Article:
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our opponents ; for in that case we should both act on the same principle. But in refusing to join in a communion, accompanied by appendages which we conscientiously disapprove, we proceed on a totally different ground. We recede just as far as a moral necessity dictates, and no farther. Nor is it true, as this writer asserts, that this mode of proceeding implies as severe a censure on the societies from which we dissent, as the practice which we are opposing inflicts on pædobaptists. He who conceives that the posture of kneeling is an unauthorised innovation on the primitive mode of celebrating the eucharist, must necessarily dissent from the church which prescribes it: but will it be affirmed that his doing so implies a conviction that the adherents to that rite are universally disqualified for fellowship, that they are not entitled to be acknowledged christians, or that they are so deficient in the righteousness in which the kingdom of God consists, as to invalidate their profession, and exclude them from the christian dispensation ? But these are the charges urged against the pædobaptists. Let the smallest error imaginable be so incorporated with the terms of communion, that an explicit assent to it is implied in that act; and he who discerns it to be an error, must, if he is conscientious, dissent, and establish a separate communion : but are there any prepared to assert, that this is precisely the same thing as to repel the person who embraces it, from the Lord's table? I am weary and ashamed of being under the necessity of occupying the reader's attention with the exposure of such obvious fallacies. Suffice it to remark, once for all, that our dissent from the establishment is founded on the necessity of departing from a communion, to which certain corruptions, in our apprehension, inseparably adhere; while we welcome the pious part of that community to that celebration of the eucharist which we deem unexceptionable. We recede from their communion from necessity, but we feel no scruple in admitting them to ours ; while our strict brethren reject them, as well as every other description of pædobaptists, altogether. On him who has not discernment to perceive, or candour to acknowledge, the difference betwixt these methods of proceeding, all further reasoning would be wasted.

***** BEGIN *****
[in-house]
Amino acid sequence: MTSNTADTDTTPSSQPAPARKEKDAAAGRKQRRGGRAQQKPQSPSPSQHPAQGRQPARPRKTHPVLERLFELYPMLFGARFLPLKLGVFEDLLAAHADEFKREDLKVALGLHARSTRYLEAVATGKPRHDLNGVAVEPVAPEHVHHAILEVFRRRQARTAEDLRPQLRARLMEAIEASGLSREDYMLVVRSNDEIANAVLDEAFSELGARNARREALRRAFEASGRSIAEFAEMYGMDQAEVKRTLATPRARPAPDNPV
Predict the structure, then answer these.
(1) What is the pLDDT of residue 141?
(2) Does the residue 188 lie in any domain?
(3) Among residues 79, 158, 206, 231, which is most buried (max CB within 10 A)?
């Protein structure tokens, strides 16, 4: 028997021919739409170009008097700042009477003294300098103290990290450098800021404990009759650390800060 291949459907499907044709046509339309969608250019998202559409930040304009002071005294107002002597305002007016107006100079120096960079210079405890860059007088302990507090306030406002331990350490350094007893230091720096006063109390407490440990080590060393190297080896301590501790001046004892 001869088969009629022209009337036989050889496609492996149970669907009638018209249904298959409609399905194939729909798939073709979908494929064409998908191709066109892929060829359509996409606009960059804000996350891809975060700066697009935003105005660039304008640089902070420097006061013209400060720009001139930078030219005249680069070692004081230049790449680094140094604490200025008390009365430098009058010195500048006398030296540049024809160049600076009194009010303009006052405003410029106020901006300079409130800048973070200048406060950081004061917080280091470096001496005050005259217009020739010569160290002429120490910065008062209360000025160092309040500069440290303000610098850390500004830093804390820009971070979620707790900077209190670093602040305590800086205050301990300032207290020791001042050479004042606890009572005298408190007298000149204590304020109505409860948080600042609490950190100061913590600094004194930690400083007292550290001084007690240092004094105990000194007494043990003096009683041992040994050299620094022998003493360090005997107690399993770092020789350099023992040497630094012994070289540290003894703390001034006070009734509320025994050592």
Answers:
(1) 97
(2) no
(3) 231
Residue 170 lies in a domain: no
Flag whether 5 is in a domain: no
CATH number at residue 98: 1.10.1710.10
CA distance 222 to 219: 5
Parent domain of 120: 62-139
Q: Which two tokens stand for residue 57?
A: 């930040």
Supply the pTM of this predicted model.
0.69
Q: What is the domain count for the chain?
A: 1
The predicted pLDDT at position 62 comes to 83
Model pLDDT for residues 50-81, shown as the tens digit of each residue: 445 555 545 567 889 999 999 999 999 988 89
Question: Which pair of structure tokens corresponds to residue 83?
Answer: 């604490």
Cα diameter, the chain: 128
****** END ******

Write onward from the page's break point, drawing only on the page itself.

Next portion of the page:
One more evasion must be noticed before we conclude this part of the subject. baptists are represented as chargeable with nothing more than a misconception of the nature of a positive institute. But this, it is observed, is not the question before us : the present controversy relates to the institute itself. It is not whether the members of a church have fully and properly conceived the nature of the institute to which they have submitted. If this were the case, we might be represented as expelling the ignorant and the weak, instead of instructing and encouraging

“ The pædo

" *

them. But it is, whether an institute delivered by Christ, is to be maintained, or to be given up.